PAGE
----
“Don’t look down! Look up! Never look down!” Pirman yelled. After counting all the ways I could hurt myself by looking down, Pirman broke down the instinct: “That’s fear. Your body is trying to get rid of the weight. 90% of injuries in strongman are from fear or because people don’t know what they’re doing.”

One of the most common questions I fielded while training like a strongman was, “How sore are you?” And the truth is: no more than any other workout. Yes, after the first day I walked to the subway at Barclays Center in a stupor trying not to pass out, then splayed out in my kitchen and stretched every muscle I could find. But once I began eating those five daily meals and monitoring my water intake, my muscles felt full and resilient less than an hour after the sessions.

Strongman 3 (6 images)

Pat 3: Strongman-Specific Events

Last competition, we had people from a certain CrossFit gym come. They complained that the stones were too rough, the tires were too rough. Everything was too hard. They’re used to everything being pretty. Strongman is wherever you show up, you lift whatever is there.” -Pirman

Exercises: Log press, farmer’s carry, yoke and atlas stones. Additionally, tire flip, car deadlift, sandbag carry. [This isn’t a comprehensive list of strongman events. Rather, these are the events I trained in.]

These strongman-specific events are what you’ve seen on TV, possibly watching World’s Strongest Man back in the day on ABC’s Wide World of Sports. That’s what lit the fire in Pirman: he recalled seeing Norway’s Svend Karlsen best the Conan’s Wheel in Africa in 2001, then jump in the pool and roar, “Viking Power!”

These exercises can be divvied into two groups: ones that look difficult and are, and those that don’t look difficult … but still are. The second group includes the sandbag carry, log press and farmer’s carry.

The most visually appealing as a spectator — and most severe as a participant — were the tire flip and atlas stones. I started the first day with a 350-lb. tire, but moved up to the 450-pounder the next session, and stayed at that weight for the remainder of the month. Every time we came back to it, Pirman had to remind me to take a wide grip at the bottom to get it up to a 45-degree angle, then use a full body press to turn it over.

Frankly, I was looking forward to the atlas stones the most. But as Pirman states in the quote above, these are no toys — they’re rough-hewn boulders that look like they were fished out of a Norwegian sea.

I started with a 100-and-change-lb. stone to test it out. On the second day, Pirman moved me up to 155 lbs. I bent down, squeezed it and tried to lift it up onto my thighs, but it barely budged. So I stood up to breathe and reassess, which Pirman took as a sign of giving up. “Come on!” So I tried again, howling and red in the face, but it moved even less. “You’re gassed,” he said.

I waited five minutes, got some water and caught my breath. When I tried again, I put it up.

This moment highlighted another misconception I had about strongman: while it is the most intense heavy-lifting sport, it also requires a great deal of composure. That may be what most separates strongman from high-intensity interval training or CrossFit, which both promote nonstop expenditure. Neither of those disciplines imprint themselves on your body the way strongman does: bloodied forearms, calloused hands. The imperfect nature of strongman weights builds mental toughness as much as it does physical strength.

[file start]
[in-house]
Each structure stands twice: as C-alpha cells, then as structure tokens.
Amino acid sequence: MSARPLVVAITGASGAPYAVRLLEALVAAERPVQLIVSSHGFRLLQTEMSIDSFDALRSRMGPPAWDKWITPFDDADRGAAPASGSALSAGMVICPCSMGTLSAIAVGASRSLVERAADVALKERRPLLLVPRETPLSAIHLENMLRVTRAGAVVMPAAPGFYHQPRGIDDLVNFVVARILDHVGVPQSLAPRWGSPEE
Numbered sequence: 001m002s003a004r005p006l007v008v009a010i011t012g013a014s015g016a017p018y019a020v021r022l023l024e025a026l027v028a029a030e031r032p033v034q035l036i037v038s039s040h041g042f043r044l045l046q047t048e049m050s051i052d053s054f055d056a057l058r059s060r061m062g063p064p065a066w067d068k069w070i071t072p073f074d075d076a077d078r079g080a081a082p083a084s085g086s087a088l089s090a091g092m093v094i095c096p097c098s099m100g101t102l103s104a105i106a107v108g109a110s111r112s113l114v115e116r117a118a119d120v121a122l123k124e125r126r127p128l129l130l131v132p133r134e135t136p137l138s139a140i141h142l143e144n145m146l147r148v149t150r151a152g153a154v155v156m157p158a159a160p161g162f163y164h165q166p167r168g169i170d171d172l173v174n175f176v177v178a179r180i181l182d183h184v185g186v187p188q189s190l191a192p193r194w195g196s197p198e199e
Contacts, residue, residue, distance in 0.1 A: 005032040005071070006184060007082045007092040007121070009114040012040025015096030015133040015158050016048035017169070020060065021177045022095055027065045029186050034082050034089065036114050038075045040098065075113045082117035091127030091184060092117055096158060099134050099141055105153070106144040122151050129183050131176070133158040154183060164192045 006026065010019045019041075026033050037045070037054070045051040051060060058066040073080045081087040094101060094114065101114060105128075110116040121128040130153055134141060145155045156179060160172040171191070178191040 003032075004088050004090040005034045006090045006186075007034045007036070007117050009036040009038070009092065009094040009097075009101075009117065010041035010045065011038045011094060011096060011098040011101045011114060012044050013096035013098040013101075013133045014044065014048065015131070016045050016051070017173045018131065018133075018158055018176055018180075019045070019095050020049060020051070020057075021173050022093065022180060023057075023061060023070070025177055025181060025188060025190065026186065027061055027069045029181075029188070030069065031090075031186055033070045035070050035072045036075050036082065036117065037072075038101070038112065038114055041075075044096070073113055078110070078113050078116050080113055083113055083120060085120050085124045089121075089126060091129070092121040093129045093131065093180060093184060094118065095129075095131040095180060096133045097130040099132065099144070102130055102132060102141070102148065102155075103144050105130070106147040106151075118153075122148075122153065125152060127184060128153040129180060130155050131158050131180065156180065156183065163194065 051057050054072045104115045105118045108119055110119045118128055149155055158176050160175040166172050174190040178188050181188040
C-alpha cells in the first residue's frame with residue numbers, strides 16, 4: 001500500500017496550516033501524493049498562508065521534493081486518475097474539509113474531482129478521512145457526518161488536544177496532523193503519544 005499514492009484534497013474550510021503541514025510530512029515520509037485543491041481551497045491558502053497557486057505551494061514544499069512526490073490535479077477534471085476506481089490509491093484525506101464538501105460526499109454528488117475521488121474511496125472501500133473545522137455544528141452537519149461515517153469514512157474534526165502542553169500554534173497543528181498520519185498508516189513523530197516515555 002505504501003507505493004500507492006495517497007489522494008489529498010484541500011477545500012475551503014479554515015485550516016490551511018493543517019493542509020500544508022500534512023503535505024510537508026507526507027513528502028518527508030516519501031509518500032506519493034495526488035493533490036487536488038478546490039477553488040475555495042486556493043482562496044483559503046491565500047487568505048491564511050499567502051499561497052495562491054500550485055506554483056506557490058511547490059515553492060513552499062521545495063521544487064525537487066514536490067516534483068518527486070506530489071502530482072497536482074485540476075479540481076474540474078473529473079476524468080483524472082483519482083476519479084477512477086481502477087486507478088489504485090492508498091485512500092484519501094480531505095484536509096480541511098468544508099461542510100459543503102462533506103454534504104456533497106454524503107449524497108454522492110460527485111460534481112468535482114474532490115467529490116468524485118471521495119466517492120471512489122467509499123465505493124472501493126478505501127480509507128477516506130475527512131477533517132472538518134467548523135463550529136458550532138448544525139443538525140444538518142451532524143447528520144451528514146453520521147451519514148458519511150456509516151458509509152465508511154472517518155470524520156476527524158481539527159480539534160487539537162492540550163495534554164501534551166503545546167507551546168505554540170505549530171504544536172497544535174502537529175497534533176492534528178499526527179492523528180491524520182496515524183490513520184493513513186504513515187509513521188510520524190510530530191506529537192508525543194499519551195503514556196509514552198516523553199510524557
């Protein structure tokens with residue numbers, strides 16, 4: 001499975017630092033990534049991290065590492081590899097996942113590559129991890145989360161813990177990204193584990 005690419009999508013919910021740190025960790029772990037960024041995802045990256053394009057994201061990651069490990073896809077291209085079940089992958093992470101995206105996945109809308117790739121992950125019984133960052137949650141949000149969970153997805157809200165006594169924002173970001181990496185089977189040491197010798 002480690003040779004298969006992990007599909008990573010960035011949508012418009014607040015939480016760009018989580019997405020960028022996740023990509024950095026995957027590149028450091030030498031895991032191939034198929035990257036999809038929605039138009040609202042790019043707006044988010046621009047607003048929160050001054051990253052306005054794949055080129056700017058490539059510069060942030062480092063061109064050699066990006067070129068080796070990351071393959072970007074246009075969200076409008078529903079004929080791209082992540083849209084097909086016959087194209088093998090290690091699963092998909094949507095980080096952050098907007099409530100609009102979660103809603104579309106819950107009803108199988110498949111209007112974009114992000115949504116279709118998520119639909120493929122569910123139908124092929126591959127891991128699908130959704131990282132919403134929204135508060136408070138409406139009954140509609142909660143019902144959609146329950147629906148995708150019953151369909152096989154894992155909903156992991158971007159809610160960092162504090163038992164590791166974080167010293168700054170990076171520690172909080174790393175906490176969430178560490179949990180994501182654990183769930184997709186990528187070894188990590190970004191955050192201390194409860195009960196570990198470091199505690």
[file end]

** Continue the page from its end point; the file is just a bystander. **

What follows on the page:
Strongman 4 (2 images)

Part 4: The Results

As Pirman likes to tag on his Instagram, this month was a lesson in #strongnotskinny. I gained 10 pounds in a month, up to 193, mostly in muscle. If Pirman had not harped on the topic of food intake, asking me how often I was eating at the start of every single session and mentioning it every single time before I left, I would not have had the same results.

It’s hard to overstate how good I felt at the end of all this. After my last day of training, I spoke with Pirman about how he got his start in the sport, and it struck a chord:

“I signed up for my first strongman competition seven years ago: Viking Fest. I trained a little bit of strongman for only a few months before. At the competition, never having touched one before, I lifted up an 800-lb. yoke and made eight steps with it, dropped it. Carried a 300-lb. sandbag five steps, dropped it. Then I picked up a 250-lb. log, couldn’t bring it up to my neck. And I couldn’t budge a 300-lb. stone. Then I went crazy. That changed my life.”

While we come from vastly different backgrounds, I experienced a similar transformation. My body began to crave the challenge, the feeling of — as Karlsen calls it — “Viking Power.” After I told Pirman I’m originally from Minnesota, he kept telling me, “You can’t let down the Vikings!”

If you want to see strongman in action, Pirman is hosting a competition at his gym (987 Pacific Street, Brooklyn) on October 28th. If you want to train with him or check out the space, you can get in touch with him on his website. Don’t be shy to call.

But fair warning from Hans for all who enter:

“Once you do strongman, and you like it, your regular gym is going to be the most boring thing in the world. You’re going to sit there and say, ‘What the hell am I doing here?’”

Photos by Mike Falco, except where noted